Caring for an At-Risk Population
How should the Church respond now and in the days ahead?
Times of crisis present important opportunities for the Church to share the love of Christ with our congregations and communities. In every city in America, the sudden appearance of COVID-19 made life more challenging in myriad ways — especially for the most vulnerable among us.
How should the Church respond now and in the days ahead as this pandemic subsides?
It’s a good time for all of us to embrace the big idea that the local church is God’s infrastructure for the healing of our communities. Whether it’s during a global crisis or in the everyday troubles the marginalized must navigate, the Church can play a vital role in meeting immediate needs and moving hurting people toward a better place long-term.
Jesus has entrusted the Church with the gospel, and there’s no better time to live out His message of hope and redemption than by responding to the needs of those who are trying to recover from this crisis.
Here are three ways your church can respond to the pandemic:
Contacting your county health department director to ask how your congregation can serve the community is a great place to start.
Local officials can help you identify the most immediate needs of vulnerable community members. They can also offer guidance on when and how your church gatherings may resume.
In times of crisis, well-meaning people sometimes end up doing more harm than good. Avoid that mistake by working with the leadership that is in place. Respect and adhere to the protocols they have established. Respond to the needs that concern them the most. Show them your church can be a faithful partner.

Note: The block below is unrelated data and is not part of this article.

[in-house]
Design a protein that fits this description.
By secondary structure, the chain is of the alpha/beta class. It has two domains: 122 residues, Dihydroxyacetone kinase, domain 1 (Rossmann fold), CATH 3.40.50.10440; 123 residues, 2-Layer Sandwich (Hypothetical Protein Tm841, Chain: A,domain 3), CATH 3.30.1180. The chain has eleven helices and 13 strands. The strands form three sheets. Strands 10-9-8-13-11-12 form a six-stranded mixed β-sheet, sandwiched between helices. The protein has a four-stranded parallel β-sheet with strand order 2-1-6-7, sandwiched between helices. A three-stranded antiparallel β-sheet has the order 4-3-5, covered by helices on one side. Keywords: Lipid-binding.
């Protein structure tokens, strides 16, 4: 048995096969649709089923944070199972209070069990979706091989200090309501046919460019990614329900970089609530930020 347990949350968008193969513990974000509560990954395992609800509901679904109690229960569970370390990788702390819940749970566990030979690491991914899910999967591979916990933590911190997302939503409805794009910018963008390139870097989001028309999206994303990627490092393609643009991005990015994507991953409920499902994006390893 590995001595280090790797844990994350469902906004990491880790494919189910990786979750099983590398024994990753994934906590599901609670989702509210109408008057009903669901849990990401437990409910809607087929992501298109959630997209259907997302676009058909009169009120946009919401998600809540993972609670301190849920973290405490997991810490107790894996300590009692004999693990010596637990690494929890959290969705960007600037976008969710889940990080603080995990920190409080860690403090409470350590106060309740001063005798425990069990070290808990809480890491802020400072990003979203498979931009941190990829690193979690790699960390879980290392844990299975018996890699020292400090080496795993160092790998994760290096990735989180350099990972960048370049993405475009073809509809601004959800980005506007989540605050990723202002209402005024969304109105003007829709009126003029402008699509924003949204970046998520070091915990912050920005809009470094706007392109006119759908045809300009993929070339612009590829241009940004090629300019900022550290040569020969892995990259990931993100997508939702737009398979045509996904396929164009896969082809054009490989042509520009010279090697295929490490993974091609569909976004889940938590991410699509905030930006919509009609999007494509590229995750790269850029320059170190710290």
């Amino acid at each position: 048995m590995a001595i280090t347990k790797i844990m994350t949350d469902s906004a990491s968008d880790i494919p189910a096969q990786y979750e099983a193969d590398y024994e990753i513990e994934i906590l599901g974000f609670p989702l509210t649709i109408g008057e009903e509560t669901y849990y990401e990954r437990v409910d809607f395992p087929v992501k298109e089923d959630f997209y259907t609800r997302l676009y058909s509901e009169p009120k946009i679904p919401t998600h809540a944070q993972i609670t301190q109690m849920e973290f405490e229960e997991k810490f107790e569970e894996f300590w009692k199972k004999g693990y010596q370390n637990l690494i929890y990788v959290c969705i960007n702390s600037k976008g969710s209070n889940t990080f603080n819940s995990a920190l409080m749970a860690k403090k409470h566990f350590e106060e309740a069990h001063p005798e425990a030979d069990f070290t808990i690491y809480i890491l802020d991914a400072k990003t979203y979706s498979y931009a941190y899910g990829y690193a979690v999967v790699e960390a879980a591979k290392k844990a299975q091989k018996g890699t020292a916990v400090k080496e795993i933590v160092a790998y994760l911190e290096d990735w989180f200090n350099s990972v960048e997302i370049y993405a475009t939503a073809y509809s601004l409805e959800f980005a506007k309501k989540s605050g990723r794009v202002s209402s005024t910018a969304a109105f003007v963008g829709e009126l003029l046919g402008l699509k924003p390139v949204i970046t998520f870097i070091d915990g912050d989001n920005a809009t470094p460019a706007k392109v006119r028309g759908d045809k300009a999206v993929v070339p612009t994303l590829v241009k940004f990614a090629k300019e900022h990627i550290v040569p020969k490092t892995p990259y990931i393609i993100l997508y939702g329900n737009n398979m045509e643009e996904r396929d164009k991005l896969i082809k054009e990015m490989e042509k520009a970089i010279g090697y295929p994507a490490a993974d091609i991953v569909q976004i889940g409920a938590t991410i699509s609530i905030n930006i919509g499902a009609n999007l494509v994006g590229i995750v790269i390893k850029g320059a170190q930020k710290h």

The local church is God’s infrastructure for the healing of our communities.
Many families in your community are in significant need of food and basic household goods. In fact, the need is likely greater than anything you’ve previously witnessed in your city. Ordinary community safety nets are not sufficient to meet the increased demand.
This is a time for the Church to step up and engage in new ways. Churches can make a significant impact by mobilizing ministry teams and equipping them to respond. Rather than distributing resources in an impersonal way, consider adopting a model that builds ongoing relationships with those you are serving.
Train families in your church to become advocates who will care for families in need and walk with them on the long journey toward recovery. The result will be lasting friendships and eternal impact.
Countless individuals and families are suffering losses during this time, and the Church has a unique opportunity to help hurting people in tangible ways while also pointing them to Jesus.
People have lost jobs, economic stability and even loved ones. In such times, having a caring friend can make all the difference. Perhaps you could train church members to offer the friendship and emotional support needed by those around them.
Also consider creating specialized groups to provide encouragement and resources for those struggling from the fallout of the pandemic. Such groups can be a safe place for people suffering in the areas of grief, mental health, addiction, joblessness, or marriage and family — giving people a way to connect and gain renewed hope and fresh perspective.
When people are processing significant loss, it can be a dark and lonely time. What if the people of God went out of our way, like Jesus so often did, to connect with hurting people and let them know they are not alone?
These are difficult days for us all, but in the midst of these challenges, God is at work in and through His Church. A.W. Tozer once wrote, “A scared world needs a fearless church.”
This has never been more true than now.
This article is part of a special COVID-19 supplement appearing in the May/June 2020 edition of Influence magazine.